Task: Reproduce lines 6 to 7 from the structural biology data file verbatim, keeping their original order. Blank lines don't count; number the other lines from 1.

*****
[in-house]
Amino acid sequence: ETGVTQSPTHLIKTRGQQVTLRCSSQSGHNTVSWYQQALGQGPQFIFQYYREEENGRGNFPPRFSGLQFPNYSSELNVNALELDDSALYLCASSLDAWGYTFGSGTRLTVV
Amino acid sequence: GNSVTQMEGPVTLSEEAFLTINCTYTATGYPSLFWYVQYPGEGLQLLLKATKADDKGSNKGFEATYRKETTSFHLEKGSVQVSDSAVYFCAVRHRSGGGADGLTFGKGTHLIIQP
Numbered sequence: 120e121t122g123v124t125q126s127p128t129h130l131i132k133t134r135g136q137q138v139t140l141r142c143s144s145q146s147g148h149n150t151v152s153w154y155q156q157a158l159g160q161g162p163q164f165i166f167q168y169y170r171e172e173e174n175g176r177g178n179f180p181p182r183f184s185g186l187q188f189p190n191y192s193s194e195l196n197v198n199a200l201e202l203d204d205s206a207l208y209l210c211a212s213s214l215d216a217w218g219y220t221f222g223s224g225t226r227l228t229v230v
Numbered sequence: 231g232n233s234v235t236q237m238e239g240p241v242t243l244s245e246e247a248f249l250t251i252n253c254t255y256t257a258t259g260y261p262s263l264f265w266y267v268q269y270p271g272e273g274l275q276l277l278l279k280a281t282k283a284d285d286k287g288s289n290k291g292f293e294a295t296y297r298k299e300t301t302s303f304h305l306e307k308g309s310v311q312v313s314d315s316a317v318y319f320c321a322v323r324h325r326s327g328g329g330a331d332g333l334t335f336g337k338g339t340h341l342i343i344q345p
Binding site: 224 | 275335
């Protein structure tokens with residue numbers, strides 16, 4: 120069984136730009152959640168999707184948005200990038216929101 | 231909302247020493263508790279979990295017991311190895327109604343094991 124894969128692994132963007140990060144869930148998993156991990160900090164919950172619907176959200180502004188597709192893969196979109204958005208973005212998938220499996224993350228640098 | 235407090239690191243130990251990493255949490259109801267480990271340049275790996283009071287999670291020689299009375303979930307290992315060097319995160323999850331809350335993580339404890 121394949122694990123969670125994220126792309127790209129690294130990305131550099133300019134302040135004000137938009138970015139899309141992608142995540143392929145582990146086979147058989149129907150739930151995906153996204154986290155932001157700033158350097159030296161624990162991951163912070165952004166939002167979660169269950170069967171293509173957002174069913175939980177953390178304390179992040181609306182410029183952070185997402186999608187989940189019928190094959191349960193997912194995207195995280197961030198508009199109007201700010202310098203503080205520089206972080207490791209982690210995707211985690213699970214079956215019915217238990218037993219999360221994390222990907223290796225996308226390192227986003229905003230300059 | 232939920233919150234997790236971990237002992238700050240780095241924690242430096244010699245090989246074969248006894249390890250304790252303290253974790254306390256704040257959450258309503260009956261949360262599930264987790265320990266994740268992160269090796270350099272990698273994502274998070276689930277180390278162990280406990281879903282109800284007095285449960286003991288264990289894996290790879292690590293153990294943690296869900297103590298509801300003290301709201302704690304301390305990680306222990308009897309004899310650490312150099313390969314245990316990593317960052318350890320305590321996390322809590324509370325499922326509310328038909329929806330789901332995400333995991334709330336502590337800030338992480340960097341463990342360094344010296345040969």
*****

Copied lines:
Binding site: 224 | 275335
């Protein structure tokens with residue numbers, strides 16, 4: 120069984136730009152959640168999707184948005200990038216929101 | 231909302247020493263508790279979990295017991311190895327109604343094991 124894969128692994132963007140990060144869930148998993156991990160900090164919950172619907176959200180502004188597709192893969196979109204958005208973005212998938220499996224993350228640098 | 235407090239690191243130990251990493255949490259109801267480990271340049275790996283009071287999670291020689299009375303979930307290992315060097319995160323999850331809350335993580339404890 121394949122694990123969670125994220126792309127790209129690294130990305131550099133300019134302040135004000137938009138970015139899309141992608142995540143392929145582990146086979147058989149129907150739930151995906153996204154986290155932001157700033158350097159030296161624990162991951163912070165952004166939002167979660169269950170069967171293509173957002174069913175939980177953390178304390179992040181609306182410029183952070185997402186999608187989940189019928190094959191349960193997912194995207195995280197961030198508009199109007201700010202310098203503080205520089206972080207490791209982690210995707211985690213699970214079956215019915217238990218037993219999360221994390222990907223290796225996308226390192227986003229905003230300059 | 232939920233919150234997790236971990237002992238700050240780095241924690242430096244010699245090989246074969248006894249390890250304790252303290253974790254306390256704040257959450258309503260009956261949360262599930264987790265320990266994740268992160269090796270350099272990698273994502274998070276689930277180390278162990280406990281879903282109800284007095285449960286003991288264990289894996290790879292690590293153990294943690296869900297103590298509801300003290301709201302704690304301390305990680306222990308009897309004899310650490312150099313390969314245990316990593317960052318350890320305590321996390322809590324509370325499922326509310328038909329929806330789901332995400333995991334709330336502590337800030338992480340960097341463990342360094344010296345040969």